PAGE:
Oh, how quickly we forget. Or to put it another way, how stupid I am. Or to put it another way, what a fickle language whore I am.
Further to my recent joy regarding Haskell, Stephen Judd appeared from nowhere and reminded me that of course, Python also handles arbitrary-length integers “out of the box”. How the hell did I forget that?
In fact, he went one better and gave me a single line of Python for calculating 10,000 factorial, viz:
reduce(lambda x,y:x*y, range(1,10001))
Admittedly this is harder to grok than the Haskell version:
bigFac :: Integer -> Integer
| n == 0 = 1
| n > 0 = n * bigFac(n-1)
(at least, without knowing the semantics of reduce) – but it does also seem to run a bit quicker on my box.
Hurrah for Python!
Of course, this all just reminds me that I’m spending too much time lately thinking about theoretical computer science, and not enough time getting my hands dirty programming… :-/
Update 2007-01-26: Of course, the python version is not easier to grok than this alternative Haskell version:
Now that’s beautiful, as is the definition of product.
Stupid Security [risks] — chronicling the stupidity that passes for “stronger security” post-September 11.
Also: Internet attacks jump significantly this year.
… in the first six months of 2004 there were at least 1,237 newly discovered software vulnerabilities and almost 5,000 new Windows viruses and worms capable of compromising computer security. … Even more troubling was the sharp rise in the number of “bot,” or robot, networks, which comprise a large number of infected PCs that can then be used to distribute viruses, worms, spyware and spam to other computers. The survey notes that in the first half of 2004, the number of monitored botnets rose from fewer than 2,000 to more than 30,000. The botnets, which range in size from 2,000 to 400,000 “zombie” machines, are often “rented out” to commercial spammers who use them to distribute junk e-mail while concealing their identities.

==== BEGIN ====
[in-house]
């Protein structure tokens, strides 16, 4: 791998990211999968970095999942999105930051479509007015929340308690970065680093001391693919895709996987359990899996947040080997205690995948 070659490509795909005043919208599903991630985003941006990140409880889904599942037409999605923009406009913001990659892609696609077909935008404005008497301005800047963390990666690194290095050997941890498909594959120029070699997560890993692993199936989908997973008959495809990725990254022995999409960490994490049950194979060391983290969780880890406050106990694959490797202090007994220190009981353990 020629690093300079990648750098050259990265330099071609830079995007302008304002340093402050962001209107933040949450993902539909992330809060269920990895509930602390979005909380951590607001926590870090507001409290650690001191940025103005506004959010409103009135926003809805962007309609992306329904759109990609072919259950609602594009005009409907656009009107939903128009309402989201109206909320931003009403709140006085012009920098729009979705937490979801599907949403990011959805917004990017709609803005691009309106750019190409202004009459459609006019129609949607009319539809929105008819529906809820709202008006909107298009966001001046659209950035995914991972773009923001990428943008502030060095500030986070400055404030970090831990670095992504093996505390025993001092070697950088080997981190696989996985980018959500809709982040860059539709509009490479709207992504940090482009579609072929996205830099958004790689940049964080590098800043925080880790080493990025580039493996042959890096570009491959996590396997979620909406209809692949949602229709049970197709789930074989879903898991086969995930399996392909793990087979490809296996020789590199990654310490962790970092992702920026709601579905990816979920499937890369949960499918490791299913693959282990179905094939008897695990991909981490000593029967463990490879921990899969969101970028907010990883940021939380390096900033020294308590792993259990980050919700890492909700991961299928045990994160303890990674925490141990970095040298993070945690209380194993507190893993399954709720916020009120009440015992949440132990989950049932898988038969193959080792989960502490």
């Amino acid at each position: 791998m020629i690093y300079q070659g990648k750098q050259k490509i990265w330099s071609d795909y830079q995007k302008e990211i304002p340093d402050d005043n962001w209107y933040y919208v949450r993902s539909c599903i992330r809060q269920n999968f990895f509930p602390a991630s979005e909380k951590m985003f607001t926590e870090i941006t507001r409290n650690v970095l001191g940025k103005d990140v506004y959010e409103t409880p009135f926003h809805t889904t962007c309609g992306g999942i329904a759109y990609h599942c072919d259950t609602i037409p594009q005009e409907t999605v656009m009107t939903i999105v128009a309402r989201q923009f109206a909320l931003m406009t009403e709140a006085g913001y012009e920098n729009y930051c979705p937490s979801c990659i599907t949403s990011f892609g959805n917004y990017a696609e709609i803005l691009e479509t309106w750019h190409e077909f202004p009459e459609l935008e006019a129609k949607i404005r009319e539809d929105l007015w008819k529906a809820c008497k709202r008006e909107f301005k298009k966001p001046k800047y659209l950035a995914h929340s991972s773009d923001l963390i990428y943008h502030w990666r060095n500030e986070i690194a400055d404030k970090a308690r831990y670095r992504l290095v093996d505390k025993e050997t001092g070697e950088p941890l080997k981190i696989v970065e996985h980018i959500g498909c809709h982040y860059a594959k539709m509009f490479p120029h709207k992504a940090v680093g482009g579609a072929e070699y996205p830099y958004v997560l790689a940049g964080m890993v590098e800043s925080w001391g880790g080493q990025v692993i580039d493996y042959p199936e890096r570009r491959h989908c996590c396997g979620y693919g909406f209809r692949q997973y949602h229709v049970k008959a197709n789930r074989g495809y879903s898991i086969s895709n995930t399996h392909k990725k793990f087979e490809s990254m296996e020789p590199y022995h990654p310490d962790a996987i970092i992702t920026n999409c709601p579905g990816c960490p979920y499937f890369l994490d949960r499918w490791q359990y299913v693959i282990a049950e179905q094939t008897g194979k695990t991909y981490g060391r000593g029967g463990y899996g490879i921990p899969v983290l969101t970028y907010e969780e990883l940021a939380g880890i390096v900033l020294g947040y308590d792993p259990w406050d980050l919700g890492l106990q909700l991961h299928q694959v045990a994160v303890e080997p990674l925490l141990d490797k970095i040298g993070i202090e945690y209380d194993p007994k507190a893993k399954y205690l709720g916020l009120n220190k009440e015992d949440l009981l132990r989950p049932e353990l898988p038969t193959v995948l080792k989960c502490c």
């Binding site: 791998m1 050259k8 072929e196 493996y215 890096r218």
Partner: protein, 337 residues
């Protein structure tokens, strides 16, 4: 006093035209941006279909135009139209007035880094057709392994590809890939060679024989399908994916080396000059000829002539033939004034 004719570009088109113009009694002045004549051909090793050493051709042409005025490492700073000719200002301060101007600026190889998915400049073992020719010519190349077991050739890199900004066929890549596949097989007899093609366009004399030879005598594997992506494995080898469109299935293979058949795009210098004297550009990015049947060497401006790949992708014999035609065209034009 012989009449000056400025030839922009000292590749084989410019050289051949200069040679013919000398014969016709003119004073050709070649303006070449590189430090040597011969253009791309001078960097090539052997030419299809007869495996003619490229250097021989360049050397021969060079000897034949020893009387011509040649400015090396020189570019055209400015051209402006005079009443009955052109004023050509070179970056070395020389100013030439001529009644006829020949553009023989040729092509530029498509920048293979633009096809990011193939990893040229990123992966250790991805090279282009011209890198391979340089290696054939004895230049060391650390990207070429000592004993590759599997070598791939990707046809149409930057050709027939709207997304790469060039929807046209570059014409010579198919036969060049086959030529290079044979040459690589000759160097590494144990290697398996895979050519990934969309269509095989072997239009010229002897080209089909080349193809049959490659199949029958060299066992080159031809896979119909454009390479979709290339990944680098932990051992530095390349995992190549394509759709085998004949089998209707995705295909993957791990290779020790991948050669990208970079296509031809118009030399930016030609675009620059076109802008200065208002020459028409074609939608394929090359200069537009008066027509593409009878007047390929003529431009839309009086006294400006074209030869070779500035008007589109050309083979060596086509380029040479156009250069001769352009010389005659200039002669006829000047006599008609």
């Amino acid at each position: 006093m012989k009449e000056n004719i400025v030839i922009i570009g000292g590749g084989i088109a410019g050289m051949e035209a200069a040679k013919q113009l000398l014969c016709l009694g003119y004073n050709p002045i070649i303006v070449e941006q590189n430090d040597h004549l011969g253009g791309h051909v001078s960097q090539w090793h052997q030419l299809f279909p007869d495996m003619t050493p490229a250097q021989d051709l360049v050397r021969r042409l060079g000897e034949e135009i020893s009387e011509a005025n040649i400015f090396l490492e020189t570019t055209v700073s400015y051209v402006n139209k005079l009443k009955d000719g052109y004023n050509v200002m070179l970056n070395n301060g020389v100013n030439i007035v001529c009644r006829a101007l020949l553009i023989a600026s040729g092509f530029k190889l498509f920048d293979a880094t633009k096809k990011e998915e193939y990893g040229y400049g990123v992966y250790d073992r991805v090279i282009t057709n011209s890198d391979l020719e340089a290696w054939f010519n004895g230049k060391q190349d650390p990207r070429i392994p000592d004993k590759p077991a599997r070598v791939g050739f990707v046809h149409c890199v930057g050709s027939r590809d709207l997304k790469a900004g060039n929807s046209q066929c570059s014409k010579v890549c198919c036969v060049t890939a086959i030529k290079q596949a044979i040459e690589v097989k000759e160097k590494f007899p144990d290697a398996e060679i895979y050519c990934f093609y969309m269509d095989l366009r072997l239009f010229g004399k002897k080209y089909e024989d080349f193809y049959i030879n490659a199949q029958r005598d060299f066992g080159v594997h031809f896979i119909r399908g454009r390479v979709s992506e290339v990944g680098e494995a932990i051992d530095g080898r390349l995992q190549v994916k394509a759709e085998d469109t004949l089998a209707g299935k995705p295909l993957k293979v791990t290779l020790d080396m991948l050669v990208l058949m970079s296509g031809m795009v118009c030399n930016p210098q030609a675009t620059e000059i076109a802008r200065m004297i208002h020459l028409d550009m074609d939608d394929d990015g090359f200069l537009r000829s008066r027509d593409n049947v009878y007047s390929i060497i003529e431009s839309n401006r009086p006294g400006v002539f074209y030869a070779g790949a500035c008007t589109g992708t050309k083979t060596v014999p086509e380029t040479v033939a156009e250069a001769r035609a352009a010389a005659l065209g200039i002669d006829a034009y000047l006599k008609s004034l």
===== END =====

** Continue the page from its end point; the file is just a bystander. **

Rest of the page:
Thought-provoking reading, by a Professor of History, which might give you some idea of what life is like in Iraq right now: What would America look like if it were in Iraq’s current situation? [null]
The population of the US is over 11 times that of Iraq, so a lot of statistics would have to be multiplied by that number. …
There are estimated to be some 25,000 guerrillas in Iraq engaged in concerted acts of violence. What if there were private armies totalling 275,000 men, armed with machine guns, assault rifles (legal again!), rocket-propelled grenades, and mortar launchers, hiding out in dangerous urban areas of cities all over the country? What if they completely controlled Seattle, Portland, San Francisco, Salt Lake City, Las Vegas, Denver and Omaha, such that local police and Federal troops could not go into those cities?
What if, during the past year, the Secretary of State (Aqilah Hashemi), the President (Izzedine Salim), and the Attorney General (Muhammad Baqir al-Hakim) had all been assassinated?
What if no one had electricity for much more than 10 hours a day, and often less? What if it went off at unpredictable times, causing factories to grind to a halt and air conditioning to fail in the middle of the summer in Houston and Miami? What if the Alaska pipeline were bombed and disabled at least monthly? What if unemployment hovered around 40%?
No answers, just a lot of rhetorical questions which, if you’ve got any imagination at all, paint a very depressing picture…
Why Haskell is cool (again). Over a year ago I was mucking around Haskell but didn’t get deeply into it. Today I picked it up again, and while playing around with tutorials did something which, in my geeky way, I find cool.
With four lines of code, and with no more knowledge than a beginner has, I was able to calculate 10000 factorial. (For my non-mathsy readers, that is, 10000 times 9999 times 9998 times 9997 … times 3 times 2 times 1).
This is a Very Big Number (it’s here if you don’t believe me), and until today I haven’t come across a programming language which can even represent/work with anything this large “out of the box”. I’m sure there are other languages which can – I just haven’t met them. It’s interesting.
It took about seven seconds to work it out. Nifty.
Good Things Lately: